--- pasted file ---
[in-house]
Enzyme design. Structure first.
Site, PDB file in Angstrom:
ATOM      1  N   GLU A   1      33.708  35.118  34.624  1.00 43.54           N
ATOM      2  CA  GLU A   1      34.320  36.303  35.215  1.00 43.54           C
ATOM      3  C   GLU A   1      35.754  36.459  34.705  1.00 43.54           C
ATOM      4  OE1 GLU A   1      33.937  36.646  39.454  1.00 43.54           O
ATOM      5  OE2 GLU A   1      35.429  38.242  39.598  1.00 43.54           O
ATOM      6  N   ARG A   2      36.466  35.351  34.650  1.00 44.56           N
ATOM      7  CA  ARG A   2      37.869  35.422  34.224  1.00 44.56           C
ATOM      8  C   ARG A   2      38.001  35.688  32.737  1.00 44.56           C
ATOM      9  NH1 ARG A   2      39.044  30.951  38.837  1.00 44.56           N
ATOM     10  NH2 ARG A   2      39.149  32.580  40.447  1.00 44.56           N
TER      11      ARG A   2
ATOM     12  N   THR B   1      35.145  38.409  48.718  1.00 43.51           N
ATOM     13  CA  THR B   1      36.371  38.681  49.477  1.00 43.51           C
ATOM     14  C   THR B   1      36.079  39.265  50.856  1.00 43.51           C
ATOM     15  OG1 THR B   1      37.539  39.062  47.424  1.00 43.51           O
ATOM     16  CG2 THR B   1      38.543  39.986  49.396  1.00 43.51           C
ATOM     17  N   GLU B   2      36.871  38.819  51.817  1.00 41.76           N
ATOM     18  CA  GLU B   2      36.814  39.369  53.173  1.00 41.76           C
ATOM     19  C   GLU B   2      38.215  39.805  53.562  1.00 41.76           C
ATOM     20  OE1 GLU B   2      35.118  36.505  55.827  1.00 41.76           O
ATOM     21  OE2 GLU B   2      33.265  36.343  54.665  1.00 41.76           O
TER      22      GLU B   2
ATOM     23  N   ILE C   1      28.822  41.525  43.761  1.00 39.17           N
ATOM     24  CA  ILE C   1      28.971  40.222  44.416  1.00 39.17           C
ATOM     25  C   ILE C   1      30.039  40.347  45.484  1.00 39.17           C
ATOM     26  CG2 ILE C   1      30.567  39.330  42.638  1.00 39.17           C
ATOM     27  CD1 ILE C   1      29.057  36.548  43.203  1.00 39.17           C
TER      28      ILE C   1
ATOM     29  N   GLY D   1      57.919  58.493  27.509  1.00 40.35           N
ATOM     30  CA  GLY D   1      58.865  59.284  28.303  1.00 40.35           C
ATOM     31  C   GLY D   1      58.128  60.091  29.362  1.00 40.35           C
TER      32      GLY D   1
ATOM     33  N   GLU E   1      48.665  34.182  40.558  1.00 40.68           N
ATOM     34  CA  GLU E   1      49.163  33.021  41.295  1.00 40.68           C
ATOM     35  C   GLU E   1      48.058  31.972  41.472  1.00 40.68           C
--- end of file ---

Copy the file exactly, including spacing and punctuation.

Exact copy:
[in-house]
Enzyme design. Structure first.
Site, PDB file in Angstrom:
ATOM      1  N   GLU A   1      33.708  35.118  34.624  1.00 43.54           N
ATOM      2  CA  GLU A   1      34.320  36.303  35.215  1.00 43.54           C
ATOM      3  C   GLU A   1      35.754  36.459  34.705  1.00 43.54           C
ATOM      4  OE1 GLU A   1      33.937  36.646  39.454  1.00 43.54           O
ATOM      5  OE2 GLU A   1      35.429  38.242  39.598  1.00 43.54           O
ATOM      6  N   ARG A   2      36.466  35.351  34.650  1.00 44.56           N
ATOM      7  CA  ARG A   2      37.869  35.422  34.224  1.00 44.56           C
ATOM      8  C   ARG A   2      38.001  35.688  32.737  1.00 44.56           C
ATOM      9  NH1 ARG A   2      39.044  30.951  38.837  1.00 44.56           N
ATOM     10  NH2 ARG A   2      39.149  32.580  40.447  1.00 44.56           N
TER      11      ARG A   2
ATOM     12  N   THR B   1      35.145  38.409  48.718  1.00 43.51           N
ATOM     13  CA  THR B   1      36.371  38.681  49.477  1.00 43.51           C
ATOM     14  C   THR B   1      36.079  39.265  50.856  1.00 43.51           C
ATOM     15  OG1 THR B   1      37.539  39.062  47.424  1.00 43.51           O
ATOM     16  CG2 THR B   1      38.543  39.986  49.396  1.00 43.51           C
ATOM     17  N   GLU B   2      36.871  38.819  51.817  1.00 41.76           N
ATOM     18  CA  GLU B   2      36.814  39.369  53.173  1.00 41.76           C
ATOM     19  C   GLU B   2      38.215  39.805  53.562  1.00 41.76           C
ATOM     20  OE1 GLU B   2      35.118  36.505  55.827  1.00 41.76           O
ATOM     21  OE2 GLU B   2      33.265  36.343  54.665  1.00 41.76           O
TER      22      GLU B   2
ATOM     23  N   ILE C   1      28.822  41.525  43.761  1.00 39.17           N
ATOM     24  CA  ILE C   1      28.971  40.222  44.416  1.00 39.17           C
ATOM     25  C   ILE C   1      30.039  40.347  45.484  1.00 39.17           C
ATOM     26  CG2 ILE C   1      30.567  39.330  42.638  1.00 39.17           C
ATOM     27  CD1 ILE C   1      29.057  36.548  43.203  1.00 39.17           C
TER      28      ILE C   1
ATOM     29  N   GLY D   1      57.919  58.493  27.509  1.00 40.35           N
ATOM     30  CA  GLY D   1      58.865  59.284  28.303  1.00 40.35           C
ATOM     31  C   GLY D   1      58.128  60.091  29.362  1.00 40.35           C
TER      32      GLY D   1
ATOM     33  N   GLU E   1      48.665  34.182  40.558  1.00 40.68           N
ATOM     34  CA  GLU E   1      49.163  33.021  41.295  1.00 40.68           C
ATOM     35  C   GLU E   1      48.058  31.972  41.472  1.00 40.68           C